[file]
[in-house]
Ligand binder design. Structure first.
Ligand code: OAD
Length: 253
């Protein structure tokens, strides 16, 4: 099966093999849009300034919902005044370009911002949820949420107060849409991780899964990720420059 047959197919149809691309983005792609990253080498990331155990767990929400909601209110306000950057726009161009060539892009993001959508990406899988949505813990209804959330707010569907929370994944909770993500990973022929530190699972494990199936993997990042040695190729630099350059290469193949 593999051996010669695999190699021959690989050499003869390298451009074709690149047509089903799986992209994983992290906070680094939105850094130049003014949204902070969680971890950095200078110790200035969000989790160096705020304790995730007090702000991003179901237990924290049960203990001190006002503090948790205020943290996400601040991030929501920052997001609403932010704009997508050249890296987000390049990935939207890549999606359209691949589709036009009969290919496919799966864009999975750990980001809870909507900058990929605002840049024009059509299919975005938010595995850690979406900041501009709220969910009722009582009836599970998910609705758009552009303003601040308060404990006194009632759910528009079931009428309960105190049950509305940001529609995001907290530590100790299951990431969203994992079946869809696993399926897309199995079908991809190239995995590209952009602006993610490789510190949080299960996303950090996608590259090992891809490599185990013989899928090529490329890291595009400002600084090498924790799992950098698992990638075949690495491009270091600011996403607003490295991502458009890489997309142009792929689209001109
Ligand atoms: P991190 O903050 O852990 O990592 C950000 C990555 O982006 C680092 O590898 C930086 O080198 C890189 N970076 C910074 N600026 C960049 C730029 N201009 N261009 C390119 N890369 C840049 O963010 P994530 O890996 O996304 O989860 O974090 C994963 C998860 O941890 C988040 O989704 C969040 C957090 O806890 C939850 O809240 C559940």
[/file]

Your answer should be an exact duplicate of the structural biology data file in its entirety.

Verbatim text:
[in-house]
Ligand binder design. Structure first.
Ligand code: OAD
Length: 253
């Protein structure tokens, strides 16, 4: 099966093999849009300034919902005044370009911002949820949420107060849409991780899964990720420059 047959197919149809691309983005792609990253080498990331155990767990929400909601209110306000950057726009161009060539892009993001959508990406899988949505813990209804959330707010569907929370994944909770993500990973022929530190699972494990199936993997990042040695190729630099350059290469193949 593999051996010669695999190699021959690989050499003869390298451009074709690149047509089903799986992209994983992290906070680094939105850094130049003014949204902070969680971890950095200078110790200035969000989790160096705020304790995730007090702000991003179901237990924290049960203990001190006002503090948790205020943290996400601040991030929501920052997001609403932010704009997508050249890296987000390049990935939207890549999606359209691949589709036009009969290919496919799966864009999975750990980001809870909507900058990929605002840049024009059509299919975005938010595995850690979406900041501009709220969910009722009582009836599970998910609705758009552009303003601040308060404990006194009632759910528009079931009428309960105190049950509305940001529609995001907290530590100790299951990431969203994992079946869809696993399926897309199995079908991809190239995995590209952009602006993610490789510190949080299960996303950090996608590259090992891809490599185990013989899928090529490329890291595009400002600084090498924790799992950098698992990638075949690495491009270091600011996403607003490295991502458009890489997309142009792929689209001109
Ligand atoms: P991190 O903050 O852990 O990592 C950000 C990555 O982006 C680092 O590898 C930086 O080198 C890189 N970076 C910074 N600026 C960049 C730029 N201009 N261009 C390119 N890369 C840049 O963010 P994530 O890996 O996304 O989860 O974090 C994963 C998860 O941890 C988040 O989704 C969040 C957090 O806890 C939850 O809240 C559940």